loan supervision and recovery? All of these serve as the foundation for our study project.
1.4 PURPOSE OR OBJECTIVES OF THE STUDY
The following are the research work's objectives:
1. To investigate the credit allocation and credit control policies required by the job.
2. To learn about the bank's overall credit control performance.
3. To investigate the bank's security pattern in advances and loans, and in what form?
4. To investigate the fundamental principles used by bank managers in loan giving, monitoring, supervising, and recovery.
5. Understand the role of the central bank in credit control by commercial and merchant banks.
1.5 SCOPE AND LIMITATIONS
This research focuses on the control of advances on credit in the banking business, with a special effort made to find if the technique of credit control is still in existence or followed with in banks, with a special emphasis on the first Bank of Nigeria plc, Yakubu Gowon way branch, Kaduna.
Because of the organization's nature and the inherent secrecy linked with it, the researcher and the challenge of obtaining the essential records that should have been of considerable aid in the course of the research area of study.
1.6 RESEARCH QUESTIONS
These study questions represent the areas that the researcher plans to investigate, which are as follows:
1. Is an effective credit control system critical to the growth and success of a banking business?
2. Should managers be presented with collateral securities when making prepositions?
3. Does the procedure for loan monitoring, supervision, and repayment differ from one manager to the next?
4. Are there any key procedures in place to monitor loan repayment?
5. Is the credit central procedure still in use?
6. How effective is the credit control procedure?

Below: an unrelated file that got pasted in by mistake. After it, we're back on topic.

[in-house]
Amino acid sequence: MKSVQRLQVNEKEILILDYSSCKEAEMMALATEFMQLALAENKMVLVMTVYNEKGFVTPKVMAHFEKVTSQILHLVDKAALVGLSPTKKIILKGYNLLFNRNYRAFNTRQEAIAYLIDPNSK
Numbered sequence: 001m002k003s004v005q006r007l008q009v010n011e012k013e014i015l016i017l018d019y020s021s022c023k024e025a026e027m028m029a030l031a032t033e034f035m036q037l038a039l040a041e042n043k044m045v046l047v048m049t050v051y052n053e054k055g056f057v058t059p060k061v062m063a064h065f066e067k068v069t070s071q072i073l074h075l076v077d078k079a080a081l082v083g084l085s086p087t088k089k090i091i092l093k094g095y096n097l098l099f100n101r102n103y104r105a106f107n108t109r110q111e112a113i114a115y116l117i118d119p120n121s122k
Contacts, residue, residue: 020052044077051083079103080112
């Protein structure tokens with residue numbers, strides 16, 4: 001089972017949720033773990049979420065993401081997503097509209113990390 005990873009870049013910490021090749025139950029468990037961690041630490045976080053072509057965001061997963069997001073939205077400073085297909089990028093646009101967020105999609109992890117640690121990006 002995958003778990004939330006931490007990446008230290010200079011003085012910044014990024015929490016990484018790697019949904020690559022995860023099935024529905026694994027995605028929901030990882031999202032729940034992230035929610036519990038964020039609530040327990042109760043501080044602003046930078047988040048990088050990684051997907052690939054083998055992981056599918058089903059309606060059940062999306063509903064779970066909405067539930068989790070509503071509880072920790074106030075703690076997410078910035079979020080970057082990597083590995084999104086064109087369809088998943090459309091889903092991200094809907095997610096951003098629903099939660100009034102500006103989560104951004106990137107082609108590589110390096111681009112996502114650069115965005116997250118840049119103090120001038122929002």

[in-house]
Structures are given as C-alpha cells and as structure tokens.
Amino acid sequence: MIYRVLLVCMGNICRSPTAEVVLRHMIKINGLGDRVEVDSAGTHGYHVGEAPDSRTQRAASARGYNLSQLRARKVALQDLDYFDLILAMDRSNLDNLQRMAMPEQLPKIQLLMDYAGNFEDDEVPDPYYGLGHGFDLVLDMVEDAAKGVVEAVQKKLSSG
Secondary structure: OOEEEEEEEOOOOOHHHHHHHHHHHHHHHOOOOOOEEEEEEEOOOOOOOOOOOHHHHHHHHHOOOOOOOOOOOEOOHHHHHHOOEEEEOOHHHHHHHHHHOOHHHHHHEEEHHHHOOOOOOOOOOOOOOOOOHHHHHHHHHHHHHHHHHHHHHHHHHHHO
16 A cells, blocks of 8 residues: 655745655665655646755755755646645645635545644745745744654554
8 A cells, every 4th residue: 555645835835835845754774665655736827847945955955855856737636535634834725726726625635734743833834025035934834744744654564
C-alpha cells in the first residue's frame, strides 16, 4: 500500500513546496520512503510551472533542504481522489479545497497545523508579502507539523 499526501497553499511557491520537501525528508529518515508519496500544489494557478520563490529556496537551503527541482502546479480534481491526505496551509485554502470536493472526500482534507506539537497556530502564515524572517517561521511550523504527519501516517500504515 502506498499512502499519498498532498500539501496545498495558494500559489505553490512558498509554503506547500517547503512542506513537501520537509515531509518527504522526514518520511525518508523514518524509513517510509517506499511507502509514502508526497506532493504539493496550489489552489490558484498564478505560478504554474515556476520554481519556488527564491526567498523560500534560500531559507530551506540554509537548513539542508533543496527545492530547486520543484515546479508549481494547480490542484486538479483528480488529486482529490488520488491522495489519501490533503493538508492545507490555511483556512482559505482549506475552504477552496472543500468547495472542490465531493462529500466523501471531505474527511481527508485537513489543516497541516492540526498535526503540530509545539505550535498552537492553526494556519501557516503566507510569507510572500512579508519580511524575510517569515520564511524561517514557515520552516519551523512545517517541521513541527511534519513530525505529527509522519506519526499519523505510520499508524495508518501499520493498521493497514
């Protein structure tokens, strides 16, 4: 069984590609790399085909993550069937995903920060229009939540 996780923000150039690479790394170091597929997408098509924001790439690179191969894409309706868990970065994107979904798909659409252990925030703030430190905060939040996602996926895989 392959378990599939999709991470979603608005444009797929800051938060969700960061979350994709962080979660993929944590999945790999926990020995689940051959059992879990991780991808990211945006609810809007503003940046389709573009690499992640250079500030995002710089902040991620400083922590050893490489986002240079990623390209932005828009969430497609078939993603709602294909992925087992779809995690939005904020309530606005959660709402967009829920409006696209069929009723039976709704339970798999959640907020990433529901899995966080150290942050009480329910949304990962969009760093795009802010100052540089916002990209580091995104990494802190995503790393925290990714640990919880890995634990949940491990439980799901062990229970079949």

7. What are the prerequisites for customer loans?
1.7 DEFINITIONS OF TERMS
LOAN: simply put, it means that the bank lends money, usually with interest and at a set time and length of repayment.
ADVANCE; sometimes known as overdraft, it is frequently made on a continuing basis with fluctuating amounts within a set limit.
COLLATERAL: it is an insurance evaluation: in the background to make or substitute at the borrowing that the bank wishes to create if the unexpected occurs, jeopardising the lending's safety. As a result, the risk of default in repayment of the credit at maturity is reduced.
CREDIT: a channel through which a prospective borrower can obtain a loanable fund that must be repaid at some point in the future. The loanble fund is managed by the bank.
RISK: a measured uncertainty in any decision-making process, such as the granting of loans or advances.
BANK: A bank is a financial institution that collects and safeguards dividends or organisation and agrees to surrender them to their owners as necessary, but also lends some of these funds to people who need to borrow it and pay it back with interest.
CONTROL: An evaluation of performance that provides feedback on the outcome.
SECTOR; a banking industry branch or area within the banking sector for the purpose of regulating operations.
AGRO-ALLIED INDUSTRIES: These are industries that produce with order identity dependent on others using agricultural techniques.
AGRO-BASED INDUSTRIES: These are the industries whose by-products are used specifically in agriculture.
AGRO-CHEMICALS: These are industries that manufacture chemicals, such as insecticides, for use in agriculture.
DIRECTIVES: These are directives issued by governments in order to control ministries in various sectors.
PREFERRED SECTOR: This is the sector to which the government devotes more financial and other resources than the other sectors. As a result, their sector requires government attention.
FINANCIAL INSTITUTIONS: As the name implies, these are financial institutions. They are concerned with the receipt and distribution of monies or money.
FINANCIAL INTERMEDIARIES; These are those who work as go-betweens for lenders and borrowers, or as go-betweens for financial institutions and those who want to do business with the institutions.
EFFICIENCY: The proportion of inputs utilised in relation to a particular level of output.
PROFIT: Revenue less expenses
ECONOMY: The management and administration of a country's material resources.